Results and summary of qualifying for the MotoGP class at Aragon:
Casey Stoner has taken pole position for tomorrow's MotoGP race at Aragon, his 9th of the year, after dominating most of qualifying. Stoner shot to the top of the timesheets from the start with a lap of 1'49.165, half a second ahead of his Repsol Honda teammate Dani Pedrosa, and was never really threatened throughout qualifying. A minor crash towards the end of the session left Stoner unhurt, outbraking himself into turn 7 and tipping over in the gravel, but the Australian went on to improve his pole time almost immediately afterwards, improving his own pole record from last year by nearly half a second.
Pedrosa will start from beside Stoner on Sunday, the Spaniard having pushed hard throughout qualifying, eventually also running off in an attempt to catch his teammate. Eventually, Pedrosa came up some three tenths short, forced to concede the position to Stoner.
The Repsol Hondas are followed by the factory Yamahas, Ben Spies well ahead of his teammate Jorge Lorenzo. The Texan looked poised throughout qualifying, earning his front row start, in contrast with reigning World Champion Jorge Lorenzo, who has struggled on Saturday. A very hard lap at the end of the session saw Lorenzo make up a couple of positions, leaving the factory Yamaha man starting from the head of the second row on Sunday.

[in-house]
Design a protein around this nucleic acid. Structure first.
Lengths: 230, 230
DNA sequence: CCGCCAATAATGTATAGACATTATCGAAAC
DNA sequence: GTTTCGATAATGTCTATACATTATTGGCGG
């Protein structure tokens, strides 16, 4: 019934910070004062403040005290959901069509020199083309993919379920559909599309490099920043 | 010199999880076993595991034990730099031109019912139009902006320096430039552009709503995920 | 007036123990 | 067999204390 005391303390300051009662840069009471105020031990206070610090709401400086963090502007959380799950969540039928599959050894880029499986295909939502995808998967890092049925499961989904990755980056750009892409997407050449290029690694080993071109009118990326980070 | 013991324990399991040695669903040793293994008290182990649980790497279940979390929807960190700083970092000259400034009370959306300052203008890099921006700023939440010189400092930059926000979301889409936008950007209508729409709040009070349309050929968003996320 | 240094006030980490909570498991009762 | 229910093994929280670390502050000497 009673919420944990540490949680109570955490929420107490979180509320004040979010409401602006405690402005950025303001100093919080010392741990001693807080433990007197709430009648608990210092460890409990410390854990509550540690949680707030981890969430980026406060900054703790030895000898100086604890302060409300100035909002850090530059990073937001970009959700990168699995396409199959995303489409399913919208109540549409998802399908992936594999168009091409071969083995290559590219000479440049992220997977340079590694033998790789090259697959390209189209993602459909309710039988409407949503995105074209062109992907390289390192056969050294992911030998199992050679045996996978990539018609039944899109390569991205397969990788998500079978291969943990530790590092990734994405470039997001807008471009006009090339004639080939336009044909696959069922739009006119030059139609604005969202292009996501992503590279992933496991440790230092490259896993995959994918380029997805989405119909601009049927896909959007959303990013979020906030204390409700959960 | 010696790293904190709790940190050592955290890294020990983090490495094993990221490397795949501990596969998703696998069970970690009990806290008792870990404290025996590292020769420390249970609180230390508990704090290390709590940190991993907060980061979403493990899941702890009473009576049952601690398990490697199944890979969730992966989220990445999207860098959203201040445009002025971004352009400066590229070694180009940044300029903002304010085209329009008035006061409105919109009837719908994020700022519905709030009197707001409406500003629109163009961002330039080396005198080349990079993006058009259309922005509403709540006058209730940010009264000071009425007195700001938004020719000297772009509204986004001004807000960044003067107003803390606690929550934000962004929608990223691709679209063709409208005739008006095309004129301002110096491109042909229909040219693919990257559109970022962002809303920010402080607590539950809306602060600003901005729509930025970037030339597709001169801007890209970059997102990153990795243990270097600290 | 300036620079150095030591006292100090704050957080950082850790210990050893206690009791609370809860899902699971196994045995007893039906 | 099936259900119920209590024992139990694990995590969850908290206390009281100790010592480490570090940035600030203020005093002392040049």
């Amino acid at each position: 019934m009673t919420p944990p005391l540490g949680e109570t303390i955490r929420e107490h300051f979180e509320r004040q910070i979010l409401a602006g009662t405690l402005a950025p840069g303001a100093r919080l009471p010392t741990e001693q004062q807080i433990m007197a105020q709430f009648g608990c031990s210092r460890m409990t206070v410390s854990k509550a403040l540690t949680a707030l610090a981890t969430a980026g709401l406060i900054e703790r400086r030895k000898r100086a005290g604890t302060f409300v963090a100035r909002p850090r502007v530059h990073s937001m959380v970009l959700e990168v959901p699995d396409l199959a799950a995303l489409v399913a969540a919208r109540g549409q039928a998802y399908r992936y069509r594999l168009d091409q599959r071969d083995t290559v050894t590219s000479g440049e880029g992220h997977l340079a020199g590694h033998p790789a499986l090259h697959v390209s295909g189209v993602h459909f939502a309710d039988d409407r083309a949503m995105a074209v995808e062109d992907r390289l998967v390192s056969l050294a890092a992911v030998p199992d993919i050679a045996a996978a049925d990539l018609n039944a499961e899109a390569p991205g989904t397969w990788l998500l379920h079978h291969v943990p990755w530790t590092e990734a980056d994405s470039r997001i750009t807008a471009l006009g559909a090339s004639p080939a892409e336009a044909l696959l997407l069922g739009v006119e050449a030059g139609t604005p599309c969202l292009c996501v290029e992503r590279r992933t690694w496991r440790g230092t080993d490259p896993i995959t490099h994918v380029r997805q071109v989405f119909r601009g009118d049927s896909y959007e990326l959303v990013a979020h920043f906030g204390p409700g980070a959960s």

Lorenzo has two Hondas alongside him on the second row, Repsol's Andrea Dovizioso starting ahead of San Carlo Gresini's Marco Simoncelli with a lap just fifteen hundredths quicker than Simoncelli's. Two Ducatis head up the third row, with Nicky Hayden the first of the Marlboro Ducatis, and Karel Abraham of the Cardion AB team starting from 8th. The second San Carlo Gresini of Hiroshi Aoyama sits in 9th spot, while Randy de Puniet rounds out the top ten on the Pramac Ducati.
There was much interest in Valentino Rossi's Marlboro Ducati. The Italian had two bikes with the brand new aluminium chassis in the garage, he and his team having decided to leave the carbon fiber chassis behind and concentrate on the metal chassis. But the new chassis requires a new engine, and the sixth engine that Rossi took at Misano is the only one of his current allocation that fits the new chassis. A crash early in the session meant he and his crew faced a dilemma: take the spare bike out and start from pit lane on Sunday, or try to repair the bike as quickly as possible and delay the possibility of a penalty for as long as possible. In the end, they chose the latter option, sending Rossi out on the number bike, containing engine number 6. The time they lost did mean that Rossi only managed to qualify in 13th, and will start from the 5th row of the grid. With bad weather forecast for tomorrow, the likelihood of Rossi using a 7th engine before the season is out is getting bigger and bigger.
|10||14||Randy DE PUNIET||DUCATI||1'49.826||1.375||0.013|